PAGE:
Chris Tillman has always been an enigmatic starter. Running low strike out rates and mediocre walk rates while still producing shiny ERA's. He has accomplished this through running a low BABIP, a high left on base rate(LOB%), holding runners extremely well, and inducing a high rate of infield fly balls. This is a fine line to work when you are a pitcher. If your command sinks, all of these peripheral statistics can go south and your ERA with them.
In the first three months of 2015, this was Chris Tillman. He had poor command which led to more walks, more contact, and harder contact . His BABIP was way higher than his career levels and his LOB% cratered which in turn created an abundant ERA. This led some to think that maybe the rose had finally lost it's bloom on Chris Tillman. That his peripheral statistics may have been produced more by random chance than by true talent. Well, Tillman has come out roaring in July.
|April to June
The table above is split into three time periods. First is from April to June of the 2015 season, next includes all of Tillman's starts in July, and lastly are his career numbers for some context. Of note, his IFFB% is actually way up this year, which may just be a yearly fluctuation and even so it did not help him from April to June. He ran a high ERA, high BABIP, and right around a career ground ball rate. Not to mention a walk rate of 10.4% compared to a career 8.4%.
However, in five July starts, Tillman's ground ball rate has gone way up. Ground balls are a pitcher friendly outcome for many reasons. A ground ball can never be hit for a home run and barely ever goes for extra bases. Furthermore, a ground ball in 2015 has been recorded for an out 76 percent of the time. If a pitcher is going to let up contact, a ground ball is about the best they can do.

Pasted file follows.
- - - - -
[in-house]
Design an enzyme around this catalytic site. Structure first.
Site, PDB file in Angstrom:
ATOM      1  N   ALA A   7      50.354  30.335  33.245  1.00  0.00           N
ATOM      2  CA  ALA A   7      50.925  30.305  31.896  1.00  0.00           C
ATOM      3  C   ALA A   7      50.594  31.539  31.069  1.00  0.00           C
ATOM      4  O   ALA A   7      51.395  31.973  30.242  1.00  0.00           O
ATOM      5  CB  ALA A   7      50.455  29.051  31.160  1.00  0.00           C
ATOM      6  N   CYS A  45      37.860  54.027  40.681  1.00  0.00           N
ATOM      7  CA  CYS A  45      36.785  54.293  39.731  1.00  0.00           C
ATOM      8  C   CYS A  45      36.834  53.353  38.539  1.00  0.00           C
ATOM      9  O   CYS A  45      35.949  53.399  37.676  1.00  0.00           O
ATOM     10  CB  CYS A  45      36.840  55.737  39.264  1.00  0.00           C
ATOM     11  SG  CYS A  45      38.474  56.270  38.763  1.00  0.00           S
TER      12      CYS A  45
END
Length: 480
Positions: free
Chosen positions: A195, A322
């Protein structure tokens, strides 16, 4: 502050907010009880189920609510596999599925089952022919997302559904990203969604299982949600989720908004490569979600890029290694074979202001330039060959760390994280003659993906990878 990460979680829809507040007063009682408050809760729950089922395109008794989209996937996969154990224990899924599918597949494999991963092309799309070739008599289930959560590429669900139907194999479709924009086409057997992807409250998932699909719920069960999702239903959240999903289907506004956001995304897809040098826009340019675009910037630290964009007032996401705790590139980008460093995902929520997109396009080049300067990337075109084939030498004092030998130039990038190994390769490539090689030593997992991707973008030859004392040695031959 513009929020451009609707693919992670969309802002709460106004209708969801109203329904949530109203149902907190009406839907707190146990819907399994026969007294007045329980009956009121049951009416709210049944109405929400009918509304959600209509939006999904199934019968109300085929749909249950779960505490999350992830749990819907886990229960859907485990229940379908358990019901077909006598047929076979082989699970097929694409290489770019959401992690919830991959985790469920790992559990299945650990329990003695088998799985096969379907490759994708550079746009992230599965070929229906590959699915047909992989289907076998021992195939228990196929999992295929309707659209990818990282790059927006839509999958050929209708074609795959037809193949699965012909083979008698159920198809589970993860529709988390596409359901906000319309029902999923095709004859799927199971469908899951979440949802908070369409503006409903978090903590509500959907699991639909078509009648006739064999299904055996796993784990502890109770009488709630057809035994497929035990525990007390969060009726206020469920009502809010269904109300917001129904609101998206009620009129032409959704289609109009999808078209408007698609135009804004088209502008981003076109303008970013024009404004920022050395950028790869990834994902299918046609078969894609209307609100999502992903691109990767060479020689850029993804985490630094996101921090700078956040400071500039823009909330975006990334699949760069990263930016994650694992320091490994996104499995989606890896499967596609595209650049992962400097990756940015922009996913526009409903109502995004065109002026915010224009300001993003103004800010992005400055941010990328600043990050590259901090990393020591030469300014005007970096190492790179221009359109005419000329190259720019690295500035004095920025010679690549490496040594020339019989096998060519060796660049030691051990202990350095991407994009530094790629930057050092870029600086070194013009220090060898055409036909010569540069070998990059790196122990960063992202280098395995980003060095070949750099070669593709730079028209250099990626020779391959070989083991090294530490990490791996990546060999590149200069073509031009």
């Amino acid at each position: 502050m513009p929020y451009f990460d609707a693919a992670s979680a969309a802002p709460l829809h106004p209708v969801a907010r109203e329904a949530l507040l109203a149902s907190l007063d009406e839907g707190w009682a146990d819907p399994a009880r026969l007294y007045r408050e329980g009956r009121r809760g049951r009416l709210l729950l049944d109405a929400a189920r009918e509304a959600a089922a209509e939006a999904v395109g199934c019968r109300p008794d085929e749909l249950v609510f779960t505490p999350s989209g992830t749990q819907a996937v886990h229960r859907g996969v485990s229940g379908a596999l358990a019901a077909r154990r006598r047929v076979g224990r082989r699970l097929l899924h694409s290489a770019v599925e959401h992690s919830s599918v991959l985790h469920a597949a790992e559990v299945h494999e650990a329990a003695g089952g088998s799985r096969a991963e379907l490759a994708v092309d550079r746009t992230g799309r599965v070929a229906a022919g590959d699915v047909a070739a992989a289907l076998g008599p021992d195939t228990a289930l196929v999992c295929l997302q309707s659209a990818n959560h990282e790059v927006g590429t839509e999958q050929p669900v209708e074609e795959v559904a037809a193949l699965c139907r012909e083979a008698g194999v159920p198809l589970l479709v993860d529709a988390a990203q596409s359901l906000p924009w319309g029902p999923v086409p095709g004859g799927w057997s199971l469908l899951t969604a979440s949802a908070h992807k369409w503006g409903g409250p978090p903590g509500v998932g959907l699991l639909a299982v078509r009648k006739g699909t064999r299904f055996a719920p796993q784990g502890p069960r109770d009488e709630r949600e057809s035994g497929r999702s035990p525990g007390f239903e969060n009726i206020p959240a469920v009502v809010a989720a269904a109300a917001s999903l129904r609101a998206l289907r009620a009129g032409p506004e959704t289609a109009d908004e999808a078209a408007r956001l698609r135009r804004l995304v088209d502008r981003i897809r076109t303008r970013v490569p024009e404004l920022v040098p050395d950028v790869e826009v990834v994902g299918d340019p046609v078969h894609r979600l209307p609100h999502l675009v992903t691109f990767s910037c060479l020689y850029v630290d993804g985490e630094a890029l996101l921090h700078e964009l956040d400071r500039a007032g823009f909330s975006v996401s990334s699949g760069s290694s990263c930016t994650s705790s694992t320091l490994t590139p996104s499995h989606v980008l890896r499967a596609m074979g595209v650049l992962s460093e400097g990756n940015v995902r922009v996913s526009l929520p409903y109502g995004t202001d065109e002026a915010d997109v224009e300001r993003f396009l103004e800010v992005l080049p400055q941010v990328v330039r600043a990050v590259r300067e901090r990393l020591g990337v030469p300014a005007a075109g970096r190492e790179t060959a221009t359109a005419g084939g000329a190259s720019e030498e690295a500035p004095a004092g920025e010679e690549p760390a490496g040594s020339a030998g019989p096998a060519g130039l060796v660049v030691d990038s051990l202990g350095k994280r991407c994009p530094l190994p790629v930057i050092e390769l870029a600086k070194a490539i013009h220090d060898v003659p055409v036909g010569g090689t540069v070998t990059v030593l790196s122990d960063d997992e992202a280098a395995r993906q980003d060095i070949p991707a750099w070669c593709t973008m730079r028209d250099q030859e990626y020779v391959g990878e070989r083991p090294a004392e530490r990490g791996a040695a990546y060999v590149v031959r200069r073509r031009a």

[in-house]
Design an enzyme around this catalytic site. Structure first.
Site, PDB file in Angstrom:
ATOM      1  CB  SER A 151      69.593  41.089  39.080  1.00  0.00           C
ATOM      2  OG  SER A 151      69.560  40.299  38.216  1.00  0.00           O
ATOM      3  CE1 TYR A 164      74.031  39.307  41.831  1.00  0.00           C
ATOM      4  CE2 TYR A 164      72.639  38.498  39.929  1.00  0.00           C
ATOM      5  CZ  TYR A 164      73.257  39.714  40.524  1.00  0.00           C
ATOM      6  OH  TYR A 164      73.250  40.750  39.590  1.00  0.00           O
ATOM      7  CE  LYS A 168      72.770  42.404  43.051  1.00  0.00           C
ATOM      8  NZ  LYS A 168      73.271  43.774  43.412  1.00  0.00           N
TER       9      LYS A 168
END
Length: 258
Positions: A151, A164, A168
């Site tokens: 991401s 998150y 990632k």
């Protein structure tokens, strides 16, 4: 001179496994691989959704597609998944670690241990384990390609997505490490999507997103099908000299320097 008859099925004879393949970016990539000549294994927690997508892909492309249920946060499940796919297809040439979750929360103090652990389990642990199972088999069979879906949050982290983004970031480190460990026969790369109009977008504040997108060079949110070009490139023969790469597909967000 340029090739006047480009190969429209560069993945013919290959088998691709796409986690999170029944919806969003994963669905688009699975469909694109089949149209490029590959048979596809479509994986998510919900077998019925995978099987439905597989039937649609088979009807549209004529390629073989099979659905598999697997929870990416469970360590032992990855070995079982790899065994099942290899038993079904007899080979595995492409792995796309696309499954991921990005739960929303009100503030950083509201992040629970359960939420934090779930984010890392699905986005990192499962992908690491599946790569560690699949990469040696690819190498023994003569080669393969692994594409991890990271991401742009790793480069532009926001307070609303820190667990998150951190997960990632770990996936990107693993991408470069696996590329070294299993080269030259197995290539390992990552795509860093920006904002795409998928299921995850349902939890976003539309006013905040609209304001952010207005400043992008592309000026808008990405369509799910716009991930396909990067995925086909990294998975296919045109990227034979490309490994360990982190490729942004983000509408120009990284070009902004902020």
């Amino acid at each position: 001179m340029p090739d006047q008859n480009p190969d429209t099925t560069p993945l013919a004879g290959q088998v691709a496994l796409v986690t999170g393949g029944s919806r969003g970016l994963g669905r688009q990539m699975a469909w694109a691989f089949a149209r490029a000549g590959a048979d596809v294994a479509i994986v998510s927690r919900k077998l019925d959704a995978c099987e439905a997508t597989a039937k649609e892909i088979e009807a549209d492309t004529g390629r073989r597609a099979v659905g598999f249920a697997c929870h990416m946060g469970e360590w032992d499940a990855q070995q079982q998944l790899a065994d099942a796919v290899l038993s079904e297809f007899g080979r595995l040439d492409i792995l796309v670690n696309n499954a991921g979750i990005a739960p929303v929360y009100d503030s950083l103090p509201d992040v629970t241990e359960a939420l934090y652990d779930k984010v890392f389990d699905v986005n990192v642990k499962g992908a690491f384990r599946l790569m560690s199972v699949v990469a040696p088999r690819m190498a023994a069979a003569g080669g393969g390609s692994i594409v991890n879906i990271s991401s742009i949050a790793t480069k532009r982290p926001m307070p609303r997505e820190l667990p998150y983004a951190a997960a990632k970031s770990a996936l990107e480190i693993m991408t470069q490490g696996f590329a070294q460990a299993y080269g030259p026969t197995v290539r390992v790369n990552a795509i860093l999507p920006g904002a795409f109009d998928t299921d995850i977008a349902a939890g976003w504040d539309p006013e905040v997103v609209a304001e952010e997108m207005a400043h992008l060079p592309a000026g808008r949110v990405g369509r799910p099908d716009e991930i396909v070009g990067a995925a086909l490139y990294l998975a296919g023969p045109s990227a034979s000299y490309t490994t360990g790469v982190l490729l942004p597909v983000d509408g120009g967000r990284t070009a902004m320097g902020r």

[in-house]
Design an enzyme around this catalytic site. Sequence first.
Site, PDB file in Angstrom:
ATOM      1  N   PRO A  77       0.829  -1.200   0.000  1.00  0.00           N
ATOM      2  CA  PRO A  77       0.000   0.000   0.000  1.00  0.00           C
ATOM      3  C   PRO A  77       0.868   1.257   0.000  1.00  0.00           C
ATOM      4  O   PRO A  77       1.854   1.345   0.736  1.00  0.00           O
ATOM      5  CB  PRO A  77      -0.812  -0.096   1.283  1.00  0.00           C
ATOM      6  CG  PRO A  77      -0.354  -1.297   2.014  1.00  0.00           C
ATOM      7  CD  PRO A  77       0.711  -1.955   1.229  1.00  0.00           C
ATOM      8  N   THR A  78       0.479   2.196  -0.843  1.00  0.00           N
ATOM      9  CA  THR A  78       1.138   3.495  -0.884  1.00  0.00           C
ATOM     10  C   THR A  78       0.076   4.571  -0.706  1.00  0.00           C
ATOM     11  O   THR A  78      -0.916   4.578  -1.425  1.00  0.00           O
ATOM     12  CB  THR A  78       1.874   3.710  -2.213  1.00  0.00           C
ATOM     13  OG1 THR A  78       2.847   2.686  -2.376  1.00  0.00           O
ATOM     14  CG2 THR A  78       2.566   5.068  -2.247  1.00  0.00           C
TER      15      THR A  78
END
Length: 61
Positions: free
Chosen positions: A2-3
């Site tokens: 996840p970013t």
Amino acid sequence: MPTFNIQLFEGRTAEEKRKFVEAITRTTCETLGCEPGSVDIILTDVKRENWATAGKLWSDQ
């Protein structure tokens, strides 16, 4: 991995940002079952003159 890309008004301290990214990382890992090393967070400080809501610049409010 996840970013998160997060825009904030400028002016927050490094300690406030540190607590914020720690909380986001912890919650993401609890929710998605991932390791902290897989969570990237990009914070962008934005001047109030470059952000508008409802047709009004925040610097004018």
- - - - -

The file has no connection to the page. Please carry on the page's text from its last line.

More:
As you can see, for his career, Tillman has not been a ground ball pitcher. He often ranks near the bottom each year in GB%. He makes up for this by inducing soft contact on his fly balls and inducing an above average rate of infield fly balls, which are outs nearly 100 percent of the time.
Yet, in July, Tillman has been getting grounders and still maintaining his IFFB%. This may simply be a fluctuation. This is only a five start sample size compared to his career of 138 starts. But, I had noticed that Tillman seemed to be throwing a different fast ball of late. So I went and looked at his pitch f/x data and sure enough, according to Brooks Baseball, Chris Tillman has been mixing in a sinker as of late.
The usage rate of his sinker has gone through the roof in July. For the total of 2015 his sinker usage rate is currently 8.2 percent and climbing, before 2015, his sinker rate was never higher than 1.8 percent in a year and last season it was less than 1 percent. Sometimes, PitchF/x can mislabel a pitch based on the data.
That's why a slider will show up from time to time in Tillman's pitch usage when it's really just his cutter that had more slider like attributes than his previous cutters. Same could go for this, but with such a high usage rate it does not seem like a mistake. This is certainly seems to be a new pitch for Chris Tillman and a very new one at that.
In 2015, Tillman's sinker has about two more inches of vertical drop than his four seam fastball and about three more inches of horizontal movement. Not to mention that Tillman has been locating the sinker about a half a foot lower than his four seam fastball. All of this is simply a new weapon, a new way to approach hitters and get those ground balls which Tillman had struggled to get for the majority of his career.
In 2015, for every sinker put into play off of Tillman, two thirds of them are ground balls. The only one of his pitches that is producing ground balls more frequently is his curve ball. Meanwhile, his four seam fastball only induces a grounder about a third of the time it is put into play.
Chris Tillman is the Orioles defacto ace. He has been on the team consistently for four seasons now and while being inconsistent from start to start has shown a track record of health and good results. To begin 2015, Tillman struggled and it appeared that his poor peripherals may have been catching up to him at last. Yet, in the month of July Tillman turned his season around.
This could be because of random fluctuations and regressions, but Tillman has started utilizing a new pitch, a sinker. That sinker has been a ground ball machine and has given back Tillman the results he had been used to. Whether or not this continues to be a trend remains to be seen. This could be anything from bad data to a small five start sample where Tillman is messing with a new grip. But, the results have been encouraging. If Tillman can keep this up, he may have reinvented himself.